1 If any person or persons having knowledge of the commission of any treason shall conceal, and not, as soon as may be, disclose and make known the same to the President of the United States, or some one of the judges thereof, or to the president or governor of a particular State, or some one of the judges or justices thereof, such person or persons, on conviction, shall be adjudged guilty of misprision of treason, and shall be imprisoned got exceeding seven years, and fined not exceeding one thousand dollars. Act of Congress, April 20, 1790, s. 2, 1 Story's Laws, 83.-SHARSWOOD.
ment. The statute 13 Eliz. c. 22 enacts that those who forge foreign coin, nou current in this kingdom, their aiders, abettors, and procurers, shall all be guilty of misprision of treason. For though the law would not put foreign coin upon quite the same footing as our own; yet, if the circumstances of trade concur, the falsifying of it may be attended with consequences almost equally pernicious to the public: as the counterfeiting of Portugal money would be at present; and therefore the law has made it an offence just below capital, and that is all. For the punishment of misprision of treason is loss of the profits of land during life, forfeiture of goods, and imprisonment during life.() Which total forfeiture of the goods was originally inflicted while *the offence amounted to principal treason, and of course included in it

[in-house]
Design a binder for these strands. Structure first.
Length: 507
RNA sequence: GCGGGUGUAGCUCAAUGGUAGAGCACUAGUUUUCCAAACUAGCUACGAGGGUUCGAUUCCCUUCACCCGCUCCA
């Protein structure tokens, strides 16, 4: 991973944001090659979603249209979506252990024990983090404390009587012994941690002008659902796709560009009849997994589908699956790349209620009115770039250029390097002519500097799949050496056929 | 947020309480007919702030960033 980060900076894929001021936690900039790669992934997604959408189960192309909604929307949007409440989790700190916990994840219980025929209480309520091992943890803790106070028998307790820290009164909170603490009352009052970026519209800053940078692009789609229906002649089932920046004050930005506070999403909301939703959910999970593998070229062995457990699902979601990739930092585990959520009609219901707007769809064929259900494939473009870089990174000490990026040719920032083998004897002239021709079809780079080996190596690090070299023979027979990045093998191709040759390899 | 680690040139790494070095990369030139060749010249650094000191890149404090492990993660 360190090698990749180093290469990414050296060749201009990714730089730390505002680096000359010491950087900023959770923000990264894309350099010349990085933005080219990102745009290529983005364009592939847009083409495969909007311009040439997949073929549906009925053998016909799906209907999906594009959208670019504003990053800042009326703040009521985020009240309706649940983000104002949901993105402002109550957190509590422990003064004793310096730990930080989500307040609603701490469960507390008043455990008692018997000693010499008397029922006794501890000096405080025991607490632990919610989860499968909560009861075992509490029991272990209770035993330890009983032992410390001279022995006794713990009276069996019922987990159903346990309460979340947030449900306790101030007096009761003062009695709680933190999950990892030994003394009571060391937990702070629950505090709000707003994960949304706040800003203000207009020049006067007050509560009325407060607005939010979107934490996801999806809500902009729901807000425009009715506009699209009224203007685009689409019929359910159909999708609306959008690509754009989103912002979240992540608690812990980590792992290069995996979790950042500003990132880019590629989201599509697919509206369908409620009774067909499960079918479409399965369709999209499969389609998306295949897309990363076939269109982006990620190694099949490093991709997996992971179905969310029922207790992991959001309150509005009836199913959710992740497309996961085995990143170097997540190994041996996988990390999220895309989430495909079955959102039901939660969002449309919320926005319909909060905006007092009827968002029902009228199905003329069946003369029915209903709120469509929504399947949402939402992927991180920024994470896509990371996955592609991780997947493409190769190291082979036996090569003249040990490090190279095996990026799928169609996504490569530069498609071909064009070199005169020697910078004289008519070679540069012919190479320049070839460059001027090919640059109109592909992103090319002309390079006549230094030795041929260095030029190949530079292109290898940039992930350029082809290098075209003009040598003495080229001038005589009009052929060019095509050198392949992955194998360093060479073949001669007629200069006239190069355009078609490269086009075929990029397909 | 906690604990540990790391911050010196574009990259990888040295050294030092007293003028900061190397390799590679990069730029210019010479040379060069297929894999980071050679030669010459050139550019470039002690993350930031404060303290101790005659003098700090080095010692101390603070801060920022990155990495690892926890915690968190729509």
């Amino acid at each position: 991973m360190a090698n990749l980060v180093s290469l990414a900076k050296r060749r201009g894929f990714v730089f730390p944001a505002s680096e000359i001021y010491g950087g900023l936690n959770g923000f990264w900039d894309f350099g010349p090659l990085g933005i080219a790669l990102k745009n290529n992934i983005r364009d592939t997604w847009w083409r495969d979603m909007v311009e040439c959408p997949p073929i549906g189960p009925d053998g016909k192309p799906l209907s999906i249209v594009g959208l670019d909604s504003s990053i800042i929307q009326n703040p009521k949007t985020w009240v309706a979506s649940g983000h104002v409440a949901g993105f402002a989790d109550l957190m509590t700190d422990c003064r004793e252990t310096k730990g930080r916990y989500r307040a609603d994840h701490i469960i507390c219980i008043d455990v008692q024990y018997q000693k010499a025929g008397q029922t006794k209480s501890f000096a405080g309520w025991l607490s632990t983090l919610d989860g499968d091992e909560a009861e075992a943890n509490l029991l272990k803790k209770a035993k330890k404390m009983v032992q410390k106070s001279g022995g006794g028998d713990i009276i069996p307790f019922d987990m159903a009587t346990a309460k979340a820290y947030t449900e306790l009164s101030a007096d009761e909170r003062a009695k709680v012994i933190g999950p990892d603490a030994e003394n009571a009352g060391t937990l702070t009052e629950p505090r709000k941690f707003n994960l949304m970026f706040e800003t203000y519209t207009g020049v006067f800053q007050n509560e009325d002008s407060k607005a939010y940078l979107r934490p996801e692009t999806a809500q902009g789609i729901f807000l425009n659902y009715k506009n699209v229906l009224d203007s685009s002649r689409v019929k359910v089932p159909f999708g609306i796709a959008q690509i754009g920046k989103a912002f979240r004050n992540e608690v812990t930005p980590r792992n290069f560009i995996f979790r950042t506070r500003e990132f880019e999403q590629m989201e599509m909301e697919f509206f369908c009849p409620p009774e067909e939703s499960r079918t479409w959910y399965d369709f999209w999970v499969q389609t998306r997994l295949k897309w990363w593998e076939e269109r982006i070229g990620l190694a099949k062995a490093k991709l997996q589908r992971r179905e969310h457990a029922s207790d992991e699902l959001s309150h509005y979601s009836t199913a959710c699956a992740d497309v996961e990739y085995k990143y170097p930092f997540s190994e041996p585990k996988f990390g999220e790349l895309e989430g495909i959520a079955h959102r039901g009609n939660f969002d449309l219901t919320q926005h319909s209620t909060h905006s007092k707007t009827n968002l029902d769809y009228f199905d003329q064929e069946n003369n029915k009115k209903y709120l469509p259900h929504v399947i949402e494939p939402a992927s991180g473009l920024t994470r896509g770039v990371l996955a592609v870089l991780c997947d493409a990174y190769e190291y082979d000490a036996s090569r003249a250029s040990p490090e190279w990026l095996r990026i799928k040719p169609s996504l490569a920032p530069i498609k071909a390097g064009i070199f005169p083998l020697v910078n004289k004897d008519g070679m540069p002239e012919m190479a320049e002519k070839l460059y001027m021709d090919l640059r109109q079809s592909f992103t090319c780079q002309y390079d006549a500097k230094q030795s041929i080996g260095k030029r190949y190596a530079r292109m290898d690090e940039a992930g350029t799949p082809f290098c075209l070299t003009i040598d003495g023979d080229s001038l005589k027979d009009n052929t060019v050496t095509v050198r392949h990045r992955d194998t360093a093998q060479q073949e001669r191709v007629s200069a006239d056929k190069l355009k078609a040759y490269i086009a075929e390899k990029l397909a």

[*121 a felony by the common law; and therefore is no exception to the general rule. laid down in a former chapter,(9) that wherever an offence is punished by such total forfeiture it is felony at the common law.
Misprision of felony is also the concealment of a felony which a man knows but never assented to; for, if he assented, this makes him either principal or accessory. And the punishment of this, in a public officer, by the statute Westm. 1, 3 Edw. I. c. 9, is imprisonment for a year and a day; in a common person, imprisonment for a less discretionary time; and, in both, fine and ransom at the king's pleasure: which pleasure of the king must be observed, once for all, not to signify any extrajudicial will of the sovereign, but such as is declared by his representatives, the judges in his courts of justice; “voluntas regis in curia, non in camera.”(h)
There is also another species of negative misprisions : namely, the concealing of treasure-trove, which belongs to the king or his grantees by prerogative royal: the concealment of which was formerly punishable by death;() but now only by fine and imprisonment.(1)
II. Misprisions which are merely positive are generally denominated contempts or high misdemeanours; of which
1. The first and principal is the mal-administration of such high officers as are in public trust and employment. This is usually punished by the method of parliamentary impeachment; wherein such penalties, short of death, are inAicted, as to the wisdom of the peers shall seem proper; consisting usually of banishment, imprisonment, fines, or perpetual disability. Hitherto also may be referred the *offence of embezzling the public money, called among the Romans peculatus, which the Julian law punished with death in a magis